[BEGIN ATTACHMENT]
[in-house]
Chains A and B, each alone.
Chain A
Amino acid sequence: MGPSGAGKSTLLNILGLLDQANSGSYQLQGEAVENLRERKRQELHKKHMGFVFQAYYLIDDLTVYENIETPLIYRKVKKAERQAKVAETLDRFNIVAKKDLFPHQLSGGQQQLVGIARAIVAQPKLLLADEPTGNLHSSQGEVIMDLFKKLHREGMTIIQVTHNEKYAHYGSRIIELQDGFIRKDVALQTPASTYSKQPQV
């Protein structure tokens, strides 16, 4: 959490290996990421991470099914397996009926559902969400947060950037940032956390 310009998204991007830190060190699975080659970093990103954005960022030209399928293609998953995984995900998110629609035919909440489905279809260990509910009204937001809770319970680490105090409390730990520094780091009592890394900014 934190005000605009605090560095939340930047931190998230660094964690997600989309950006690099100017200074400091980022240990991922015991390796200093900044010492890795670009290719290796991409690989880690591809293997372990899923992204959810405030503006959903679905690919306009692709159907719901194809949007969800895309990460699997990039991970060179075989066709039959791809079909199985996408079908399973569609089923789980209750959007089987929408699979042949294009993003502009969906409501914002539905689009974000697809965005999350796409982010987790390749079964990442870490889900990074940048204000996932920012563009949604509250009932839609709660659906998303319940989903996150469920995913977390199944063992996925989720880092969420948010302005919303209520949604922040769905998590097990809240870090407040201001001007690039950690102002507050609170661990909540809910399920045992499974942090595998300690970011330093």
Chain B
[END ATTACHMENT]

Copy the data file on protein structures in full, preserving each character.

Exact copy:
[in-house]
Chains A and B, each alone.
Chain A
Amino acid sequence: MGPSGAGKSTLLNILGLLDQANSGSYQLQGEAVENLRERKRQELHKKHMGFVFQAYYLIDDLTVYENIETPLIYRKVKKAERQAKVAETLDRFNIVAKKDLFPHQLSGGQQQLVGIARAIVAQPKLLLADEPTGNLHSSQGEVIMDLFKKLHREGMTIIQVTHNEKYAHYGSRIIELQDGFIRKDVALQTPASTYSKQPQV
């Protein structure tokens, strides 16, 4: 959490290996990421991470099914397996009926559902969400947060950037940032956390 310009998204991007830190060190699975080659970093990103954005960022030209399928293609998953995984995900998110629609035919909440489905279809260990509910009204937001809770319970680490105090409390730990520094780091009592890394900014 934190005000605009605090560095939340930047931190998230660094964690997600989309950006690099100017200074400091980022240990991922015991390796200093900044010492890795670009290719290796991409690989880690591809293997372990899923992204959810405030503006959903679905690919306009692709159907719901194809949007969800895309990460699997990039991970060179075989066709039959791809079909199985996408079908399973569609089923789980209750959007089987929408699979042949294009993003502009969906409501914002539905689009974000697809965005999350796409982010987790390749079964990442870490889900990074940048204000996932920012563009949604509250009932839609709660659906998303319940989903996150469920995913977390199944063992996925989720880092969420948010302005919303209520949604922040769905998590097990809240870090407040201001001007690039950690102002507050609170661990909540809910399920045992499974942090595998300690970011330093």
Chain B